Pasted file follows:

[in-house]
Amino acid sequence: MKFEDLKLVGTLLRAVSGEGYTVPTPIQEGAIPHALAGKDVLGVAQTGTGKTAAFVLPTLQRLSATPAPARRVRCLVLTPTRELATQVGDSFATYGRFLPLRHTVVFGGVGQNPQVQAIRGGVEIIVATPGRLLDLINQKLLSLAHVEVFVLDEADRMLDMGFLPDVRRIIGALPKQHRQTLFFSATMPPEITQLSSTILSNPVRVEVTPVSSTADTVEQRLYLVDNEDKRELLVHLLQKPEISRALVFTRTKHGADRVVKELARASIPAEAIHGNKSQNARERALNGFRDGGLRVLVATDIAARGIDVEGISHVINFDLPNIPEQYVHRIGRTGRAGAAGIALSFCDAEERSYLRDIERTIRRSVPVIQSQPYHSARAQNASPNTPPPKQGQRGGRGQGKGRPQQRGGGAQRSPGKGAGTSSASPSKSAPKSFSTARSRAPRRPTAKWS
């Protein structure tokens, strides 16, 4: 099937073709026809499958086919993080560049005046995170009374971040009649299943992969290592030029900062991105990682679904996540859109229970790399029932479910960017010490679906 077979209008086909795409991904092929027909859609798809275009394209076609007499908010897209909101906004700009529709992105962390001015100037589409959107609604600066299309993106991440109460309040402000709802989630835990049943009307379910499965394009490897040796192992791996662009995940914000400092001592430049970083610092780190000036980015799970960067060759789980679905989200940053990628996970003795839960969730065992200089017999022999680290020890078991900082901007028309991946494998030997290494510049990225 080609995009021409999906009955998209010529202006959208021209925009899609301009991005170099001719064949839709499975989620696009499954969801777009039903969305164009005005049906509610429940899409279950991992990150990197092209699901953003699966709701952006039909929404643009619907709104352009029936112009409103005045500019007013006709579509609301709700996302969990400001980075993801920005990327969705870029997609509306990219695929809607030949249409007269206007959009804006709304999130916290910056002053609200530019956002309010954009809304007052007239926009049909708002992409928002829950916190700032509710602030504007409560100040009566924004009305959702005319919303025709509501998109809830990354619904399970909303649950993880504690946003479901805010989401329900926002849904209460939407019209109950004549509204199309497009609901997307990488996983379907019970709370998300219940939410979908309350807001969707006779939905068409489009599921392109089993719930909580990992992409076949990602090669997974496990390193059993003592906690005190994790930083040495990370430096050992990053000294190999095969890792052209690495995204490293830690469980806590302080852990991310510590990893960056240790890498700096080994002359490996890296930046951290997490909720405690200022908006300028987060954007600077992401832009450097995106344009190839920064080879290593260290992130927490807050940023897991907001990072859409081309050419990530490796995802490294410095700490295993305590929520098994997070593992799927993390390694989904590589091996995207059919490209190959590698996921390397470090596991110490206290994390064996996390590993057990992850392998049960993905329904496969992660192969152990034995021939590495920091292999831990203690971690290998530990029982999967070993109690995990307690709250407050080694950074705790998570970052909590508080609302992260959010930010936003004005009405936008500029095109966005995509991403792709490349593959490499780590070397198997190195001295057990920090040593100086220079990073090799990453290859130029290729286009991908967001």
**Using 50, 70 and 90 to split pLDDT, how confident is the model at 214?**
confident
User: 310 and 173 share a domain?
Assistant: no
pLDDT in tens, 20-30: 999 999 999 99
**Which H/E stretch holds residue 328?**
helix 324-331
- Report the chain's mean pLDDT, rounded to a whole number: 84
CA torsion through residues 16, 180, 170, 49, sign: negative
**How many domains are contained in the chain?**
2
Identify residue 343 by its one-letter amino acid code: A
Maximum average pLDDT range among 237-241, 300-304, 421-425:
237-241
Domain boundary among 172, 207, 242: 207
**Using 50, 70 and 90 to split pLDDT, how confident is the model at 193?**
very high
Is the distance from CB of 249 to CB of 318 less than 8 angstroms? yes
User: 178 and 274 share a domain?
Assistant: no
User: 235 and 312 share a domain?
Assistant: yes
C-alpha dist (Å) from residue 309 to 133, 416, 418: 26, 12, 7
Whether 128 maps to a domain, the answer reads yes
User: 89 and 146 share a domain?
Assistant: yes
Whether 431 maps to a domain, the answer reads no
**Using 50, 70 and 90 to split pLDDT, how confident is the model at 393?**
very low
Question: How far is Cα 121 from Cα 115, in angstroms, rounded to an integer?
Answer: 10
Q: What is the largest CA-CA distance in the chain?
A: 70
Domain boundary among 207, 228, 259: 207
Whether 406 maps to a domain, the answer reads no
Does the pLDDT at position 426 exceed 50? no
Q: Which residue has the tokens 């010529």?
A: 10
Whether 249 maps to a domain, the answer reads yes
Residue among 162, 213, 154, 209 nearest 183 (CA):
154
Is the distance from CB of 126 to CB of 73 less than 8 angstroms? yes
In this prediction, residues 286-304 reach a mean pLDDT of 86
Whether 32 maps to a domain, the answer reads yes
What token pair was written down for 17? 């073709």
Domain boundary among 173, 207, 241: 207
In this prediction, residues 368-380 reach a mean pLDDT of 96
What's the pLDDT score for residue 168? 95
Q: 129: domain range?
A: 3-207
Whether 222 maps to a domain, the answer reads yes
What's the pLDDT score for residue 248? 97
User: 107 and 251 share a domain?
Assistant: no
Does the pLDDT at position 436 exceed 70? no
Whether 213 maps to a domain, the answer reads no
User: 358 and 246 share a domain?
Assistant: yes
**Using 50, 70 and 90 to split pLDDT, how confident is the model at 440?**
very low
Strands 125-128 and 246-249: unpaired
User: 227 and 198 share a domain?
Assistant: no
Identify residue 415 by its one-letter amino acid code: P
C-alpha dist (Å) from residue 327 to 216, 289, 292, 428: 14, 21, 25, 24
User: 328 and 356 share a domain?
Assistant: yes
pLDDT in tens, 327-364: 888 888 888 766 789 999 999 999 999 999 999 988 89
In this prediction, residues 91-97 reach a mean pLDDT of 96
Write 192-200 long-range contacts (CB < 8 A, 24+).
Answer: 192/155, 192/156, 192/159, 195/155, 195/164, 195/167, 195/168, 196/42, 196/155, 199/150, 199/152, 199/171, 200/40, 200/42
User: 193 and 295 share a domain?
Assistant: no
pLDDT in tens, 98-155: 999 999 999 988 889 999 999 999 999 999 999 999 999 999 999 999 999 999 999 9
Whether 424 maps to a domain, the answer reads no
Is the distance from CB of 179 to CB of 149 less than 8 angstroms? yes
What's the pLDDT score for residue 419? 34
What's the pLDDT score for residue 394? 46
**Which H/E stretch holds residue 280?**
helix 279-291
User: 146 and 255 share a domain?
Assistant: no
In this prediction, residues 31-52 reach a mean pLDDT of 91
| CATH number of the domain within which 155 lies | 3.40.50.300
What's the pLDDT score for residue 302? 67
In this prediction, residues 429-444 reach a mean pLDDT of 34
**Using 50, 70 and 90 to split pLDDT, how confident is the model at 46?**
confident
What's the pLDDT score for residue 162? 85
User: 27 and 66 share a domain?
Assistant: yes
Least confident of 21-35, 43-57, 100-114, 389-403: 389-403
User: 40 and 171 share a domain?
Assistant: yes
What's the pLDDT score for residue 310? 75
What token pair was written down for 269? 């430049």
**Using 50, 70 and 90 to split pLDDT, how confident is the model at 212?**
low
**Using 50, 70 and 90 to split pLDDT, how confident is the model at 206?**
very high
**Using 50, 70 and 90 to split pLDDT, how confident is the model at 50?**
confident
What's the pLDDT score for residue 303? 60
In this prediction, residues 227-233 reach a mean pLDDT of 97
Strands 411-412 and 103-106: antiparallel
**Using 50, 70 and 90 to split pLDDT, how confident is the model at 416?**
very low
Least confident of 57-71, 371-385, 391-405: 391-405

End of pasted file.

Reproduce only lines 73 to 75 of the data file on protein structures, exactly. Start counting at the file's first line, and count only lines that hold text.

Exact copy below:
Write 192-200 long-range contacts (CB < 8 A, 24+).
Answer: 192/155, 192/156, 192/159, 195/155, 195/164, 195/167, 195/168, 196/42, 196/155, 199/150, 199/152, 199/171, 200/40, 200/42
User: 193 and 295 share a domain?